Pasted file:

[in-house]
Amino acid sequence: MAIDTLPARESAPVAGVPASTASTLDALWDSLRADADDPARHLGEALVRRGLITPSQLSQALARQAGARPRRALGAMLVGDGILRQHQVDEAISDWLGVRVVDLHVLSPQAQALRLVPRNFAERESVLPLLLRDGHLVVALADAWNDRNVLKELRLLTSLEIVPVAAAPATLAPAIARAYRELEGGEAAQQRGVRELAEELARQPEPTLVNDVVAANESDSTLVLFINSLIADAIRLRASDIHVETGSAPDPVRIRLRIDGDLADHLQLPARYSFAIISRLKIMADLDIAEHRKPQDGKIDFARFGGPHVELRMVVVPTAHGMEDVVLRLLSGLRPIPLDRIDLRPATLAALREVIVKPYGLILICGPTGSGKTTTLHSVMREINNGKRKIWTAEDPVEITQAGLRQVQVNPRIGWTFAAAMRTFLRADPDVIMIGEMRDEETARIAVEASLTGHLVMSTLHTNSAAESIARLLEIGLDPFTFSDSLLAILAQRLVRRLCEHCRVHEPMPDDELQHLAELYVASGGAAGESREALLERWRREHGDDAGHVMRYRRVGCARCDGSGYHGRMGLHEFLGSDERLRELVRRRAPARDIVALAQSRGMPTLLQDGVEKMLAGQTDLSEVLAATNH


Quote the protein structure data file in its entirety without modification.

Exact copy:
[in-house]
Amino acid sequence: MAIDTLPARESAPVAGVPASTASTLDALWDSLRADADDPARHLGEALVRRGLITPSQLSQALARQAGARPRRALGAMLVGDGILRQHQVDEAISDWLGVRVVDLHVLSPQAQALRLVPRNFAERESVLPLLLRDGHLVVALADAWNDRNVLKELRLLTSLEIVPVAAAPATLAPAIARAYRELEGGEAAQQRGVRELAEELARQPEPTLVNDVVAANESDSTLVLFINSLIADAIRLRASDIHVETGSAPDPVRIRLRIDGDLADHLQLPARYSFAIISRLKIMADLDIAEHRKPQDGKIDFARFGGPHVELRMVVVPTAHGMEDVVLRLLSGLRPIPLDRIDLRPATLAALREVIVKPYGLILICGPTGSGKTTTLHSVMREINNGKRKIWTAEDPVEITQAGLRQVQVNPRIGWTFAAAMRTFLRADPDVIMIGEMRDEETARIAVEASLTGHLVMSTLHTNSAAESIARLLEIGLDPFTFSDSLLAILAQRLVRRLCEHCRVHEPMPDDELQHLAELYVASGGAAGESREALLERWRREHGDDAGHVMRYRRVGCARCDGSGYHGRMGLHEFLGSDERLRELVRRRAPARDIVALAQSRGMPTLLQDGVEKMLAGQTDLSEVLAATNH